Miller critiqued the official industry line that global reserves will last 53 years at current rates of consumption, pointing out that "peaking is the result of declining production rates, not declining reserves".

Despite new discoveries and increasing reliance on unconventional oil and gas, 37 countries are already post-peak, and global oil production is declining at about 4 per cent per year.
Still on petroleum, a series of accidents with trains transporting petroleum in North America is causing some stir. Early to say if this will have any impact on the, for now rampant, production of petroleum from the mother rock in the region.
Associated Press
After train fires, feds warn Bakken oil may be more flammable than traditional forms of oil
Matthew Brown and James MacPherson, 03-01-2014

Following a string of explosive accidents, federal officials say crude oil being shipped by rail from the Northern Plains across the U.S. and Canada may be more flammable than traditional forms of oil.

A safety alert issued by the U.S. Department of Transportation warns the public, emergency responders and shippers about the potential high volatility of crude from the Bakken oil patch. The sprawling oil shale reserve is fueling the surging industry in eastern Montana and western North Dakota, which is now the nation's second-largest oil producer behind Texas.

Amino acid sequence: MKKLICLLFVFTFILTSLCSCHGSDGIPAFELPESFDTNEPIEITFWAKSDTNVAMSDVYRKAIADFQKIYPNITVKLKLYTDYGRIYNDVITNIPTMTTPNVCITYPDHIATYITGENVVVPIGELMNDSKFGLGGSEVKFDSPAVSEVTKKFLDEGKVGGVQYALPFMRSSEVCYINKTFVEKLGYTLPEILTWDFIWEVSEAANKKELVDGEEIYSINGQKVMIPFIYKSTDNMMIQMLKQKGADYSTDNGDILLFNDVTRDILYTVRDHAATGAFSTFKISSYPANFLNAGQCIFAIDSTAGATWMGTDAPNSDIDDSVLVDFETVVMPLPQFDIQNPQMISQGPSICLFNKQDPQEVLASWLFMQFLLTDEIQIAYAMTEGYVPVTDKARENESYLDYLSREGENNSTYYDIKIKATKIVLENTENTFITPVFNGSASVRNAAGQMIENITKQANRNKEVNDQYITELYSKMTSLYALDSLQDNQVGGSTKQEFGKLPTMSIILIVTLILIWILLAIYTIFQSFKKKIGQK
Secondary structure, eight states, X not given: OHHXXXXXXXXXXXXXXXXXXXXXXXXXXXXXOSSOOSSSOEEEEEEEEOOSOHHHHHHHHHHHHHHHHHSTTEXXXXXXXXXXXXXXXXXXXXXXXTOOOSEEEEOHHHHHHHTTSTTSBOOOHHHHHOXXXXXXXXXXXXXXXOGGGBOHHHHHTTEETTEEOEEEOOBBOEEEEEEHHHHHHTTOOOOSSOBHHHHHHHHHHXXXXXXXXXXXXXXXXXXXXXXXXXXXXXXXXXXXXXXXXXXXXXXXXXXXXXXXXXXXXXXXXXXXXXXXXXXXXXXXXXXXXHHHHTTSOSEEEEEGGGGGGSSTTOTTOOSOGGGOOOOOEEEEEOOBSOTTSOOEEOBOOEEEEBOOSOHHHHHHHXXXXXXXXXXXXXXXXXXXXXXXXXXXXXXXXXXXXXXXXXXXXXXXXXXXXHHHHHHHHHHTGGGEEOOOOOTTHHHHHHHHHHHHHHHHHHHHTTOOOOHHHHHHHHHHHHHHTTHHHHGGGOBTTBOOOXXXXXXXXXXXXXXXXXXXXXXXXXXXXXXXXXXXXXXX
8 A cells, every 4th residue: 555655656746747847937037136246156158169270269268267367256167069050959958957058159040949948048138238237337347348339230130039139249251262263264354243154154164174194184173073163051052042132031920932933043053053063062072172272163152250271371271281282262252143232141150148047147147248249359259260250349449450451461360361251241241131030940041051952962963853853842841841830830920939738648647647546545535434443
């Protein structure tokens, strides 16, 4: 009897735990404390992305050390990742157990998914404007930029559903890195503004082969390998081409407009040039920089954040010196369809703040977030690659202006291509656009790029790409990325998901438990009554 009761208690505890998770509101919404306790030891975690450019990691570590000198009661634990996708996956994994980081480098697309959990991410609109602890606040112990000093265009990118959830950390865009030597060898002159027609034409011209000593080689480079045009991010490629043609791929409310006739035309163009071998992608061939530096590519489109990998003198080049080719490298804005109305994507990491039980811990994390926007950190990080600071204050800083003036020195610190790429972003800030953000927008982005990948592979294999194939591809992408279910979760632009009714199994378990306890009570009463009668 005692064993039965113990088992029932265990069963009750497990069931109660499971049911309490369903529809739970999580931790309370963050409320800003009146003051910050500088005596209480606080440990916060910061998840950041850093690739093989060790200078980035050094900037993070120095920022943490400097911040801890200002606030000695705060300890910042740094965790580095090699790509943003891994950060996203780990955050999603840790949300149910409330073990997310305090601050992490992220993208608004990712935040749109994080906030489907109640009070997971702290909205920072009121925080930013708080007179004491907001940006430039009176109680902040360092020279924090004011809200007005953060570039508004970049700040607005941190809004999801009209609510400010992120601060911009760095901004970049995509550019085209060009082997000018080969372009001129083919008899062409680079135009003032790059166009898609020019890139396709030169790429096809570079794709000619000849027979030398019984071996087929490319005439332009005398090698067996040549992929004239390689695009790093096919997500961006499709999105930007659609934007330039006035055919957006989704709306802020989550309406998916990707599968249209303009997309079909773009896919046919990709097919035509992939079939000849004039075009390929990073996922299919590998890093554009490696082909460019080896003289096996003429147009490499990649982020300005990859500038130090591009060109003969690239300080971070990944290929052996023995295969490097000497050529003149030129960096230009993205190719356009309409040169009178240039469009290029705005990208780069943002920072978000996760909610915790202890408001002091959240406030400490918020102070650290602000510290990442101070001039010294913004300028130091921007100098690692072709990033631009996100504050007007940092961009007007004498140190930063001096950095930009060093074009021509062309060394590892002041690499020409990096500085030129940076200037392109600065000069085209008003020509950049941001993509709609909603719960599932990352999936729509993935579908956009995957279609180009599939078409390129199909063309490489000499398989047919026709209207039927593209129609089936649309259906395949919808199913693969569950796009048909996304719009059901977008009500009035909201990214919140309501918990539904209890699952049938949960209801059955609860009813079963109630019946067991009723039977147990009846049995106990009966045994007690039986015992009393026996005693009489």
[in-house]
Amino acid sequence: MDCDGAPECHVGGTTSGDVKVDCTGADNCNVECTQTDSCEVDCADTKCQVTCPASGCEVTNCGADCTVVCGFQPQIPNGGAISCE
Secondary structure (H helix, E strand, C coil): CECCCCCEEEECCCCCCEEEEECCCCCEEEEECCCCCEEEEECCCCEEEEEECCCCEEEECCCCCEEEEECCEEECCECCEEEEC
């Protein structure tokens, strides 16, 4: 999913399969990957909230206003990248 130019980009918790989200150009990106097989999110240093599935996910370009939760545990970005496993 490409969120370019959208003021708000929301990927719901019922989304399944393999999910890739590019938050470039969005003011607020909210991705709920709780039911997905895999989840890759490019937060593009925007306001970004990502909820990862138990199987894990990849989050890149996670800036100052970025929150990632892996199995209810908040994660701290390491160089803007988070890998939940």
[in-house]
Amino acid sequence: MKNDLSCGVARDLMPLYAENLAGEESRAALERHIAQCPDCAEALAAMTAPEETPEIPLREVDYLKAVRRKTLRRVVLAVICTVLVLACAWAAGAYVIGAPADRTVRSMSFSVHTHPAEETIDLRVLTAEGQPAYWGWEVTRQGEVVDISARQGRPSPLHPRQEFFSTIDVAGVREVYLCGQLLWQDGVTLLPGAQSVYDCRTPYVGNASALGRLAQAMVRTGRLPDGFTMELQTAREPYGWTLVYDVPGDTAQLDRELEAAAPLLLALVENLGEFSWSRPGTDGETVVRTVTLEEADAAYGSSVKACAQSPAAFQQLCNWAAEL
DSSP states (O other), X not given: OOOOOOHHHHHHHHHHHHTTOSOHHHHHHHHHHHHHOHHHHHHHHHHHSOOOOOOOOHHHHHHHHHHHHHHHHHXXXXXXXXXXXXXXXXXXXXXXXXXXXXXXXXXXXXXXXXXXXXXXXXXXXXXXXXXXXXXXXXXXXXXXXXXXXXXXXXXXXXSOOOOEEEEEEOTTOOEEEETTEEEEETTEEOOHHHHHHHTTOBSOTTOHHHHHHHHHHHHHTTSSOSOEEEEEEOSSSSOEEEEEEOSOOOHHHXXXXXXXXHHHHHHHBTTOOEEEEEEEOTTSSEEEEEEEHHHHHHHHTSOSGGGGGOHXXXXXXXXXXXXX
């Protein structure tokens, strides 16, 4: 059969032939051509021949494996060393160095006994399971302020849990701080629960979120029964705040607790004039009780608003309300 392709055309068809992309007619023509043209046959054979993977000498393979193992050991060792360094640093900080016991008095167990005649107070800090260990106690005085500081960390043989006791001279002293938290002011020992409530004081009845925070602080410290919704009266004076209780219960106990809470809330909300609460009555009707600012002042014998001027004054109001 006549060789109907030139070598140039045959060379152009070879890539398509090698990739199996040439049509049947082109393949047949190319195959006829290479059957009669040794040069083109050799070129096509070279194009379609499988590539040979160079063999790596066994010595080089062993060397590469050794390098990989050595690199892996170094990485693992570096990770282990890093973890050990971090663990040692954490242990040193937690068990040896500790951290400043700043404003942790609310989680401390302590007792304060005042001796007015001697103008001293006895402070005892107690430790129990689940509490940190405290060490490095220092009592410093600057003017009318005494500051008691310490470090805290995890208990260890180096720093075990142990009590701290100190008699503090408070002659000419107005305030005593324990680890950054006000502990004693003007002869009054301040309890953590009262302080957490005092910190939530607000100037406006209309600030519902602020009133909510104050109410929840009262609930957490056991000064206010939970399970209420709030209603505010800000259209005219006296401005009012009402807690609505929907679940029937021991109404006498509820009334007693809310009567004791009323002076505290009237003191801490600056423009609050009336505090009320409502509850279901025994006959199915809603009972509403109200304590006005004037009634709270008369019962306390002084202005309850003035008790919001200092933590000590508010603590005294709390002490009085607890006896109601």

Thursday's announcement from officials declares that the Bakken's light, sweet crude oil may be different from traditional heavy crudes because it is prone to ignite at a lower temperature. Experts say lighter crudes, which contain more natural gas, have a much lower "flash point" - the temperature at which vapors given off by the oil can ignite.
In other energy sources some interesting news from the Indian nuclear programme. There was a time when nuclear was cheap, but not any more. The only question is if the country will be able to source coal at cheap prices for decades to come.
Cost of nuclear power proving high, DAE in a fix